by Kaylee Hultgren | March 01, 2008

B. Joseph Pine II, Frans Johansson, Patrick Lencioni and Chris Luebkeman

Four who command the floor (left to right): B. Joseph Pine II,
Frans Johansson, Patrick Lencioni and Chris Luebkeman

The right speaker can educate, inspire and create a lasting impact on a group and, by extension, a company; finding this person is what speakers bureaus are all about.

There are several advantages to using a bureau, as opposed to approaching a speaker directly, according to Jim Montoya, executive vice president of the Indianapolis-based International Association of Speakers Bureaus ( “It helps to minimize surprises,” he says. If your speaker cancels at the last minute, for example, a bureau will try to find a replacement. Bureaus also can provide useful information about a speaker that a snapshot bio found on the Internet might fail to mention.

“A speaker might typically show up five minutes before the event and leave right afterward,” Montoya notes, “while another might be happy to join in on a cocktail hour the night before. Someone else might charge for autographs, which is something you might want to know beforehand.”

M&C spoke with several bureaus that specialize in presenters well-versed in today’s hot business topics. Note that individual speakers mentioned are generally not the exclusive clients of any one bureau.

BigSpeak Speakers Bureau
Santa Barbara, Calif.
(805) 965-1400

“Some speakers pump you up, but they don’t necessarily give anything back to the workplace,” says Chris Johnson, marketing director for the BigSpeak Speakers Bureau. “We look to instill long-lasting, permanent change in organizations.” To that end, Johnson says, the bureau’s presenters tend to specialize in topics such as leadership, innovative thinking and environmental sustainability.

And effecting change might require more than a 45-minute presentation. As a follow-up to many of its keynoters, the company offers training, management consulting and coaching via its Leadership Excellence University, which resembles a mobile business school and works on site with clients.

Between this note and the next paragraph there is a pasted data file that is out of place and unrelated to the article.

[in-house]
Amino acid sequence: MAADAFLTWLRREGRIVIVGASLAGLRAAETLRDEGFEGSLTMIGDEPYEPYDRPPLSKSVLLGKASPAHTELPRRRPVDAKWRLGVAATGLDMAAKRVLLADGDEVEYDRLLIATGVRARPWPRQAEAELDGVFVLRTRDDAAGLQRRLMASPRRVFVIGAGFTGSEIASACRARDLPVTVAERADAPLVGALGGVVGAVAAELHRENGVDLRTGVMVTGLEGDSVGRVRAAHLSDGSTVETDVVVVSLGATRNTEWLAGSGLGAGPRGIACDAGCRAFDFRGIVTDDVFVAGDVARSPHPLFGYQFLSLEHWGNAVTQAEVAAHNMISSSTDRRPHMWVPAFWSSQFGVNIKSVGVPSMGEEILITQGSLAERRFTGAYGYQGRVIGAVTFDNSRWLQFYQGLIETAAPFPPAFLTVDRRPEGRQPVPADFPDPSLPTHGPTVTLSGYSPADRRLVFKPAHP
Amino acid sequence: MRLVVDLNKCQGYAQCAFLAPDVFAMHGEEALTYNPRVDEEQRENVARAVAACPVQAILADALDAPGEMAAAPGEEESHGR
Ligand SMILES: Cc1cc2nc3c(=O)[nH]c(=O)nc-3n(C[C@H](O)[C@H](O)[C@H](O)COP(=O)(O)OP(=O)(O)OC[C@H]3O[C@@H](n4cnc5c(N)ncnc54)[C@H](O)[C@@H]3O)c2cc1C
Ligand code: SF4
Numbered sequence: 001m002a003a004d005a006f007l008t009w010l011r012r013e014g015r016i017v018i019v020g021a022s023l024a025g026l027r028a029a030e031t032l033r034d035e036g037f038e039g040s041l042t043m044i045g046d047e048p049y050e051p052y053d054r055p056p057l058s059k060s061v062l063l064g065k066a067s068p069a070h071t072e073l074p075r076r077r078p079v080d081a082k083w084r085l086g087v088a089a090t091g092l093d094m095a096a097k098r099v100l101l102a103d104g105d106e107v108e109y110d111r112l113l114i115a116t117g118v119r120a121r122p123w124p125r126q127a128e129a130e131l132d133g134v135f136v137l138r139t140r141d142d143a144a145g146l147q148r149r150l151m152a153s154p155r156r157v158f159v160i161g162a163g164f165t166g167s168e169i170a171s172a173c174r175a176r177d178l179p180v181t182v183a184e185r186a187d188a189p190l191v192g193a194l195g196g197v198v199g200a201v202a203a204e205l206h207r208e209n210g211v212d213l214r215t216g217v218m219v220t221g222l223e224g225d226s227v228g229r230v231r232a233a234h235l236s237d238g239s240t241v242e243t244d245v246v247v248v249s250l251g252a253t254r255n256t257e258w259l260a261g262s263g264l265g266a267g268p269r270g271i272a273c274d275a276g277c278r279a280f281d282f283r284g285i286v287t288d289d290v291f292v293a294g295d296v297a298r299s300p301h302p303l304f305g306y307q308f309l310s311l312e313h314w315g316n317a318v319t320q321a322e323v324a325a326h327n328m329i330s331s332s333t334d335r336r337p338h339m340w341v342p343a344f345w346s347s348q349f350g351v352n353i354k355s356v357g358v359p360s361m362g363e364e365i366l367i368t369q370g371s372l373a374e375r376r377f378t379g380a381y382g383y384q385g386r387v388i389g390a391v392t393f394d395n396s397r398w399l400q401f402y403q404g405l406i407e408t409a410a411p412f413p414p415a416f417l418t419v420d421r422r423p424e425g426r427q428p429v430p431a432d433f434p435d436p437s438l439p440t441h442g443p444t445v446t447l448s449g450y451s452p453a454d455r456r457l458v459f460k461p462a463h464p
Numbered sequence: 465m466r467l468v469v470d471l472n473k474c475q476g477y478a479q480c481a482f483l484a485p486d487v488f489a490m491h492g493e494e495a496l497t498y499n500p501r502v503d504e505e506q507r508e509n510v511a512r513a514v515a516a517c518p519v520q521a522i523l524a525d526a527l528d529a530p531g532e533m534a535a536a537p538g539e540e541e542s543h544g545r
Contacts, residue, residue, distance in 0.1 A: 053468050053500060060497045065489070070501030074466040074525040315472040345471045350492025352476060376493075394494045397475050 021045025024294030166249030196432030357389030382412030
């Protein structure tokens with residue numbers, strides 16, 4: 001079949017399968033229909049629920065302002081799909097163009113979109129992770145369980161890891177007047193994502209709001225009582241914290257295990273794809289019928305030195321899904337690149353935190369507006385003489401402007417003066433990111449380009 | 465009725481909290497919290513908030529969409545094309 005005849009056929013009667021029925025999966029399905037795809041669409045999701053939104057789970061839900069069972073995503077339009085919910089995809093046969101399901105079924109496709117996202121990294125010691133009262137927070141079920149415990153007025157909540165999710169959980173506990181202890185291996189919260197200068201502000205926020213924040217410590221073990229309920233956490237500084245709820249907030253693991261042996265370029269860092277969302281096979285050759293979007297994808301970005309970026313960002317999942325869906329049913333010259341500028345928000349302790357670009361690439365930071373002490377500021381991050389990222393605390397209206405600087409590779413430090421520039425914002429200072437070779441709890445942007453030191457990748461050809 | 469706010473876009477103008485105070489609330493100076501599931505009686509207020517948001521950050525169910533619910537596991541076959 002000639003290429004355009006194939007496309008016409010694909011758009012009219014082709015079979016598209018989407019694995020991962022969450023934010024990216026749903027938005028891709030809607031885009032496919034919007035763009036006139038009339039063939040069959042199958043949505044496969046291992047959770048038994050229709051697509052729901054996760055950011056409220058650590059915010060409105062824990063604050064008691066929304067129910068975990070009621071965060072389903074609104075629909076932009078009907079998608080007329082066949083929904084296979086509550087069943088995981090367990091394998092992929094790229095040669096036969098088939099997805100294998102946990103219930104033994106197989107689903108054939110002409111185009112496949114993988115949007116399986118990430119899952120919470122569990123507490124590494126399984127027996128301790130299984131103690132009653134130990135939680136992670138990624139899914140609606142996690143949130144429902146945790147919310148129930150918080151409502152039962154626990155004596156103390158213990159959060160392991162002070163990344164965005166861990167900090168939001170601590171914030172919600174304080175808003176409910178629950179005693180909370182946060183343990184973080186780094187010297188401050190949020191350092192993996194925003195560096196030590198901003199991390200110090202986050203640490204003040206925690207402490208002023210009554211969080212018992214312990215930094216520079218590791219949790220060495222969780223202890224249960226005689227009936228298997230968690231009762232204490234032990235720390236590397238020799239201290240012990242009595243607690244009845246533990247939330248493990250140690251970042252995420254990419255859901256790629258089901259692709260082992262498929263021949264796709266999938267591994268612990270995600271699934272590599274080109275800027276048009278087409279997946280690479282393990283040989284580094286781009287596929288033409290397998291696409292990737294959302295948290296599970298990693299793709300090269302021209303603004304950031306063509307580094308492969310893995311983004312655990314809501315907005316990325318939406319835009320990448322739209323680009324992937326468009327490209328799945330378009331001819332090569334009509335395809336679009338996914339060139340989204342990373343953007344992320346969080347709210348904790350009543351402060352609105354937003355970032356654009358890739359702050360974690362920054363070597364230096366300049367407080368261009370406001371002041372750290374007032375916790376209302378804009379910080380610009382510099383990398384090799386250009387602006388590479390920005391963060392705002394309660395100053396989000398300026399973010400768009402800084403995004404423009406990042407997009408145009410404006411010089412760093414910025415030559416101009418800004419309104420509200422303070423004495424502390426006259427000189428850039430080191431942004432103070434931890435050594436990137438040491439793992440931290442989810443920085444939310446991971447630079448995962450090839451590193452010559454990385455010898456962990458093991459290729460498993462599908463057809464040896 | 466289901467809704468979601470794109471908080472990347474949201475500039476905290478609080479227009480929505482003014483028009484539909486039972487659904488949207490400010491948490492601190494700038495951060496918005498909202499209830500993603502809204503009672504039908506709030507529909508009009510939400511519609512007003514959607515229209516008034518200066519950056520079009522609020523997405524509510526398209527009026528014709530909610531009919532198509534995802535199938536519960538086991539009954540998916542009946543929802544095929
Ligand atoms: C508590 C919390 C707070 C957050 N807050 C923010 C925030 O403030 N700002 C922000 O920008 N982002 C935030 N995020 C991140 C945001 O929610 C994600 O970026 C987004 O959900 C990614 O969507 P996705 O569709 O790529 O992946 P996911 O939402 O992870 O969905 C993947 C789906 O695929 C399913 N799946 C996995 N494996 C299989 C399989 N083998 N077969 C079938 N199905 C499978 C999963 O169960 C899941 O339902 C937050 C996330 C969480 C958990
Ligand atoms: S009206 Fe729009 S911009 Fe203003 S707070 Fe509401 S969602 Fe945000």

“We often know what it is we need to do to improve, but it’s not always easy,” notes BigSpeak president and founder Jonathan Wygant. “Our university comes in to support making that change.” The staff includes business experts who have worked closely with the bureau’s keynote speakers and can work with groups to implement concepts presented in the initial talk.

For example, Patrick Lencioni, founder and president of the Lafayette, Calif.-based executive consulting firm The Table Group and author of The Five Dysfunctions of a Team (Jossey-Bass), will present a keynote on organizational health and executive team building. In the weeks that follow, his senior consulting partner, Pat Richie, also president of the Danville, Calif.-based Sports Leadership Group, will work with the group to bring the lessons home.

BigSpeak aims to promote experiential learning whenever possible, as with presenter Shaun Tomson, a former professional surfer and currently a busy environmentalist and successful entrepreneur. His inspirational talks apply the principles that helped him succeed in the surfing world to overcoming obstacles in life and business. And if the meeting happens to take place at a coastal location, planners can arrange for private surfing lessons from the world champion himself.